No one should think that the results of the Ames, Iowa straw poll are necessarily predictive of that state’s caucus results: Four years ago, Mitt Romney shelled out tons of money and effort to win the straw poll, which he did, only to lose the caucuses in January. But, something else happened four years ago. Seemingly out of nowhere, Arkansas Governor Mike Huckabee came in second in the straw poll and it was he who went on to win the Iowa caucus.
This year, Michele Bachmann won the straw poll and, more importantly, she won the day after. She had some competition for the day after contest from Texas Governor Rick Perry, who tried to upstage the Iowa straw poll by announcing his own candidacy the same day in South Carolina. But, while his announcement succeeded in sharing the news cycle during the day on Saturday, Sunday was dominated by the news that Governor Tim Pawlenty was dropping out of the race and by the related coverage of Bachmann’s victory. I say “related” because Pawlenty had made a point of attacking Bachmann during last Thursday’s debate. The results of that strategy are now in: She won and he lost.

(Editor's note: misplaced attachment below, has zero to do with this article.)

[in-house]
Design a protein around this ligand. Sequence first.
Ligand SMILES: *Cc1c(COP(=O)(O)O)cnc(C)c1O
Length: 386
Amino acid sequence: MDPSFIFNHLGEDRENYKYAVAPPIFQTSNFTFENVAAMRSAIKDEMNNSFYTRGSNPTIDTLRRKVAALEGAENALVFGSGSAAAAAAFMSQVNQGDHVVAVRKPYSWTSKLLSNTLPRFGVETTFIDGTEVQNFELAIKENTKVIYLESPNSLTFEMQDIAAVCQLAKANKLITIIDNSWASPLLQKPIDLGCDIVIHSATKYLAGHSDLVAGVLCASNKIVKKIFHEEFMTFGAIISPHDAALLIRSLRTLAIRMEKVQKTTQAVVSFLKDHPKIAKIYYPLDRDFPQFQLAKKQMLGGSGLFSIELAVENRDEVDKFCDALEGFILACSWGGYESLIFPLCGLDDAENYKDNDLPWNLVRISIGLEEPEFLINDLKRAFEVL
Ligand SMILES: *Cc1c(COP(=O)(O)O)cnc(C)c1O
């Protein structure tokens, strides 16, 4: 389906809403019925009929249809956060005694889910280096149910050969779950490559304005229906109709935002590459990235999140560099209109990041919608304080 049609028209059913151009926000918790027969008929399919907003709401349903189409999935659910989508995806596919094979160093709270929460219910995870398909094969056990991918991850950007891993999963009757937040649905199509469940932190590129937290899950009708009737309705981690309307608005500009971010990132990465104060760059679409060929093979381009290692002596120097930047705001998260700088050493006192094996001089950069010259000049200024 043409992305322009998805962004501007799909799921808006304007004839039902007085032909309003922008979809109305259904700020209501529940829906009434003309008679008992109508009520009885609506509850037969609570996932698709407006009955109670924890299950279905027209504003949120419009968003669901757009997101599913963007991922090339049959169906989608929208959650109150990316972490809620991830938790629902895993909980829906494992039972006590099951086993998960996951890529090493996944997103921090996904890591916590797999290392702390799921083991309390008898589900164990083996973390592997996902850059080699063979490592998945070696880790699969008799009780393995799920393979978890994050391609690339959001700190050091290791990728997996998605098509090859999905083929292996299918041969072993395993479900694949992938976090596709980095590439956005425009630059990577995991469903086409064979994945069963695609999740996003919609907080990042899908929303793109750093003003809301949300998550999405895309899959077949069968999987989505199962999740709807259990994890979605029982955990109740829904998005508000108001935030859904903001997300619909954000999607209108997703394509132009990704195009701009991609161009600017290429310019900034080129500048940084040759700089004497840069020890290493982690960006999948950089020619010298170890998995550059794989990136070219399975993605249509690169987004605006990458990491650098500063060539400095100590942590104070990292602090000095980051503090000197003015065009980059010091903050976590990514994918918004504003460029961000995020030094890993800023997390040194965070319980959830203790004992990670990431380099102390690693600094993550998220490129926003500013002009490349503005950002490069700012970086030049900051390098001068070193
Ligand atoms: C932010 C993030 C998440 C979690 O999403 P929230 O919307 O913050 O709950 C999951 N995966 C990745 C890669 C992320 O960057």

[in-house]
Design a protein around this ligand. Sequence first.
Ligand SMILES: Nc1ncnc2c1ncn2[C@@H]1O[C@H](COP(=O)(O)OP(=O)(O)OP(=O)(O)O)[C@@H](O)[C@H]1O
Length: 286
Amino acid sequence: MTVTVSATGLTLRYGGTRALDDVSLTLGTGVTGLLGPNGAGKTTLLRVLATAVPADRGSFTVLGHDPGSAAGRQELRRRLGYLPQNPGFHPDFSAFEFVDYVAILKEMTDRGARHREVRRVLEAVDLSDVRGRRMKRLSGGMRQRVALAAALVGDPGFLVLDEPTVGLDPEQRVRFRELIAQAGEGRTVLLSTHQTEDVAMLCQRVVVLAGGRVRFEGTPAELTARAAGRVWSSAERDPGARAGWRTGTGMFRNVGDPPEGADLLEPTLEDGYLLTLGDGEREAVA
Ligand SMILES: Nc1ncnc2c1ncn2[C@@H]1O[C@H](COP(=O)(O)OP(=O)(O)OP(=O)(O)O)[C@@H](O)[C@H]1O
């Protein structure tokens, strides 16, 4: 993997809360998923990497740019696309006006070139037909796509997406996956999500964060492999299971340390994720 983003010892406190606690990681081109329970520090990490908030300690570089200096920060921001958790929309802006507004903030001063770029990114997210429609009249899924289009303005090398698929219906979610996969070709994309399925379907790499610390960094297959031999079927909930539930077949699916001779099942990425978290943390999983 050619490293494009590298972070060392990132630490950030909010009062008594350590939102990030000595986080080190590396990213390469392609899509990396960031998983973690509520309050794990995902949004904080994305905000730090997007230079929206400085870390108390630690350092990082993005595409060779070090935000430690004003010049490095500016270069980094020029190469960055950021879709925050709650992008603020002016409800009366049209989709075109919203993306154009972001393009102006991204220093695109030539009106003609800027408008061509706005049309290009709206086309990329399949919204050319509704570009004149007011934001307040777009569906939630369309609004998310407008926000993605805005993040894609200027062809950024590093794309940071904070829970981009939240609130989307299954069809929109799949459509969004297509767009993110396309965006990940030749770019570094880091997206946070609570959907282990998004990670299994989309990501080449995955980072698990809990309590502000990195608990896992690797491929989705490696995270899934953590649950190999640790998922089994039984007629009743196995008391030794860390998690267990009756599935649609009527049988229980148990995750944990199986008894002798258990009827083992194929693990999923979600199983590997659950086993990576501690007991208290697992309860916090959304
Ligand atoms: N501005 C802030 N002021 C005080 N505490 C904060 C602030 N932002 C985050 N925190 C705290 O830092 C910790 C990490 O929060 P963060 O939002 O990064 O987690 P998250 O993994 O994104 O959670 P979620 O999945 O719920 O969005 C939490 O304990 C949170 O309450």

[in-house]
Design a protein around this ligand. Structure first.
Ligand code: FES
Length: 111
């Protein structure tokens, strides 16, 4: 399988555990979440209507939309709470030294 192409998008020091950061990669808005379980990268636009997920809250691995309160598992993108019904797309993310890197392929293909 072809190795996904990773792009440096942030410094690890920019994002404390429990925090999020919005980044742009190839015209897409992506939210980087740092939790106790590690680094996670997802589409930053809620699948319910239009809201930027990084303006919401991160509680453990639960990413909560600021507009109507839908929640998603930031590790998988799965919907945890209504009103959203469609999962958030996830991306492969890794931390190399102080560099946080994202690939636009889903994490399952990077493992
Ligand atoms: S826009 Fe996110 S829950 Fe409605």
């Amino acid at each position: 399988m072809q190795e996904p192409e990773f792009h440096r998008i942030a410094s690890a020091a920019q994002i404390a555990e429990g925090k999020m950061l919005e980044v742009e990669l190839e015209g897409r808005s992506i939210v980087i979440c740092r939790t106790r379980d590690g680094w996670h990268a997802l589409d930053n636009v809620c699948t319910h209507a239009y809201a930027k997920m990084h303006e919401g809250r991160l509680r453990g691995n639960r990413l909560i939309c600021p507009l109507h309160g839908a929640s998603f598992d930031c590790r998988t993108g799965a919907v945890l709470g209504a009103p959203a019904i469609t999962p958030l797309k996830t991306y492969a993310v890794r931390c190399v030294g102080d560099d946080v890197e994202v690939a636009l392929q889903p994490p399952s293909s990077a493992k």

There are many nice things about taking a couple of weeks in Connecticut. Unlike the oppressive heat and humidity of DC, last night I needed a sweater when sitting outside on the porch.
Local newspapers, on the other hand, are a mixed blessing. They are trying valiantly to carve out a niche in an internet age, and that niche is, perforce, going to be a parochial one. Still, this morning's headline in "The Bulletin" out of Norwich, CT, was almost a caricature. I kid you not: "Unopened deli already a hit."
This brought to mind a contest held at the Times of London in the early part of the century in which editors competed to see who could get the most boring headline into the paper. The winner: "Earthquake in Chile Kills Few." The New Republic had a similar contest in the 1980s. I do not recall the gold medal winner - it was banal and had something about reality in the title. But, my fav was the title of a Flora Lewis column: "Worthwhile Canadian Initiative."
Should any newspaper or magazine entertain the idea of having another such contest, I now have my entry: Unopened deli already a hit.